Pros: Computerized for easy settings, versatile, cover stitch
Cons: a little intimidating at first for a non professional.....
The Huskylock 936
I need a computer to tell me what to do .:
I dont sew a ton, but I have been sewing for over ten years and I like to have the right tools around when I feel like it. Lately, with the many episodes of Project Runway on the television, both my daughter and I have gotten in the mood! This is the serger I chose to replace my first one for a number of reasons. I do not need to worry about different settings for different fabrics (and this is something I have never bothered to learn correctly anyway). I like the fact that it is pretty much auto pilot for everything I use this machine for. In addition, the Husqvarna does a nice cover stitch that my other serger does not do.
Out of the box smells like a brand new car .
In addition to an instructional video and manual, this machine comes with a wrench, tweezers, thread net, cleaning brush, oil, spool adapter, a two thread converter, needles, and an adjustable multipurpose foot which adjusts between .5 and 1 mm. This cool serger uses standard sewing machine needles for additional convenience.
Using the Huskylock .
The Huskylock 936 is easy to thread because of the color coded guide and easy lay in tensions. It took me a couple tried the first few times, but is pretty easy now as long as I use tweezers to pull the threads through. It also has a thread cutter and TWO lights for easier visibility. There are so many nice things about this machine in comparison to others I have used. The turn wheel turns towards you and the needles always ends in the up position. It can easily feed larger stacks of fabric through it and the feeding mechanism itself is very consistent and even.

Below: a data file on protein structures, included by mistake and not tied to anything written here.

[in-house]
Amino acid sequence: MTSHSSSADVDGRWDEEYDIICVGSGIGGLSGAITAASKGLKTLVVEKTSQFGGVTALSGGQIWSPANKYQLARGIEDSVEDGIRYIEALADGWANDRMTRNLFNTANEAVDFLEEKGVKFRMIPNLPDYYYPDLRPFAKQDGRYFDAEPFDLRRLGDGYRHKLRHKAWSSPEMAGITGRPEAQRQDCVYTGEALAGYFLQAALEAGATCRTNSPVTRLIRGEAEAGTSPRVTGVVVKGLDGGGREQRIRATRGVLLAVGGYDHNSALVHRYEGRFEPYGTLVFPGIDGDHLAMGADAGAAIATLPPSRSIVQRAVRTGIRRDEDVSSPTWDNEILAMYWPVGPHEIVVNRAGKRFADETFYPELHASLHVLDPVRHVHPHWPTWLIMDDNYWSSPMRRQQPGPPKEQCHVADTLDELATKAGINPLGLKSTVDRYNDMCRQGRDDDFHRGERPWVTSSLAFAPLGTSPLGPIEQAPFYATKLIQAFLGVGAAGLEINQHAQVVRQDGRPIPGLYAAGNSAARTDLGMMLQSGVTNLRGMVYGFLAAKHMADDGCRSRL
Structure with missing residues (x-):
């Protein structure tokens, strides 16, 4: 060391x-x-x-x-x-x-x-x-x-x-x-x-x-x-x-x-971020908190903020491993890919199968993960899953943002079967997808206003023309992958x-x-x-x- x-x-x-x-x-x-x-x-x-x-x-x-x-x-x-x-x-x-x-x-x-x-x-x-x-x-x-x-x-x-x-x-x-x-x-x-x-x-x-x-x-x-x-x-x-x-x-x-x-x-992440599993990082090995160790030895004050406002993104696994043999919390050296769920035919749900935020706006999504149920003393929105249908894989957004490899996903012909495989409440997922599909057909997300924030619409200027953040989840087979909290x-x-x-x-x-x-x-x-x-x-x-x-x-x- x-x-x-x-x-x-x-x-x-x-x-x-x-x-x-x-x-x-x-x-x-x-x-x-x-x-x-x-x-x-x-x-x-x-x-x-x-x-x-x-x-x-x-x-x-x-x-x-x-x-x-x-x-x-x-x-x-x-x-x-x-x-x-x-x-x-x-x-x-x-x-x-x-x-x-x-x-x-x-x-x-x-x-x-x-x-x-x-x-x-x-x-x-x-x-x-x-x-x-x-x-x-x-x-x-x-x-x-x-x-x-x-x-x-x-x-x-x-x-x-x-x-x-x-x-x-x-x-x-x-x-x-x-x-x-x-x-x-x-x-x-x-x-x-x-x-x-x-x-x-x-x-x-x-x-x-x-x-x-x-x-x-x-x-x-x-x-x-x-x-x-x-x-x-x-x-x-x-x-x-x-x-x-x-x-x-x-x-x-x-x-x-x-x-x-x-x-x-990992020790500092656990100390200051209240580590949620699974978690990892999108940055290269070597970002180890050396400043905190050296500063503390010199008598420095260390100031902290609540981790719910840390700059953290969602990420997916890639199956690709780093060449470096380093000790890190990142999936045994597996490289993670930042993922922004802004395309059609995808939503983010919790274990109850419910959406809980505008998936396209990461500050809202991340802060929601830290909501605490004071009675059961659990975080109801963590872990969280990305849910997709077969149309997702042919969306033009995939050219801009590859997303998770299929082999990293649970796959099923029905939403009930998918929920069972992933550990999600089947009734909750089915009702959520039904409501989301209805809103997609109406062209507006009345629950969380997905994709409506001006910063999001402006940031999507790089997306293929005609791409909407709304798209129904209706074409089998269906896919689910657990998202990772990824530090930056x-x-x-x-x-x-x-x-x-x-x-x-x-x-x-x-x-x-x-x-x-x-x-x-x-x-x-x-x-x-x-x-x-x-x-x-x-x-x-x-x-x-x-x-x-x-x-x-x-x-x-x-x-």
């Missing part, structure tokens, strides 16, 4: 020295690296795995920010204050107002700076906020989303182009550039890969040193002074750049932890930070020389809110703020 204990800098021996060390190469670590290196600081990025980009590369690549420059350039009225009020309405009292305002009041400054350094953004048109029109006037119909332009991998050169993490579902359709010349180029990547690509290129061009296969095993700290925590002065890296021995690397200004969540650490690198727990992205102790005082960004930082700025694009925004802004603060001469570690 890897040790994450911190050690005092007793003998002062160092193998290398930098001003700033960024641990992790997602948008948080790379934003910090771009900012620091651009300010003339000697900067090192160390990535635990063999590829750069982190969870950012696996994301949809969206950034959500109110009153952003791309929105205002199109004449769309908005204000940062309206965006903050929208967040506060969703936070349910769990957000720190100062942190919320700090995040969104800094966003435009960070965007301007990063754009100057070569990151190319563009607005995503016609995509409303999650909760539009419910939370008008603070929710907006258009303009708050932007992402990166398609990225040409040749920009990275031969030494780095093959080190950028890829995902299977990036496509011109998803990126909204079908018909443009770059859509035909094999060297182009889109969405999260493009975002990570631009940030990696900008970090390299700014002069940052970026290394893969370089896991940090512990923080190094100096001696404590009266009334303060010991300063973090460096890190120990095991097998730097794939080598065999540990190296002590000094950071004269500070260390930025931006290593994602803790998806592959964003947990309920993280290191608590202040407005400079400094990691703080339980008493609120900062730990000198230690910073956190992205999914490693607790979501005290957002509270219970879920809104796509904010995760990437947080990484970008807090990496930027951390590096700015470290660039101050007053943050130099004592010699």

This machine is pretty simple to use once you get going, although I will admit to being completely intimidated the first time I sat down in front of it. The Huskylock 936 is a five thread serger and can perform a number of stitches. It has a computerized sewing advisor that with a little input can help get the settings exactly right! You can also tweak the settings it chooses if you want to choose your own. You can sew with five, four, three, or two threads depending on what you want to do. I tend to mostly use the machine with four threads for basic overcasting, but have also played around with some of the decorative stitching options.
It has an expansive reprogrammable memory with both preset stitches (sixteen!) as well as room for your own additions (up to fifty which I will never fill up). The machine can instantly do a very nice rolled hem without having to change a foot or plate. This is a pretty nice feature for making napkins or doing a quick finished edge. There is also a nifty rolled lettuce edge that literally looks like a heirloom specialty piece.
As mentioned above, this machine was the choice because of the ability to do a cover stitch when my other serger could not. It can do a single, double or triple cover stitch! In order to do the cover stitch, the plate and foot do need to be changed. It is sort of a hassle, but this is still a good option to have at this price point, and the professional looking finish is pretty cool.
The Huskylock 936 has many accessories available for different functions including a bias tape folding foot, an elastic foot, a pearl foot (to apply beading on the edge!!!), and a piping foot. It really is an unending world of possibilities with this machine.
Even if you only sew occasionally like I do, it is so nice to have a machine that is overall very easy to use and that finishes off pieces professionally. I enjoy sewing on a serger far more than a traditional sewing machine because of flexibility, plus I dont run out of bobbin thread because it doesnt use any.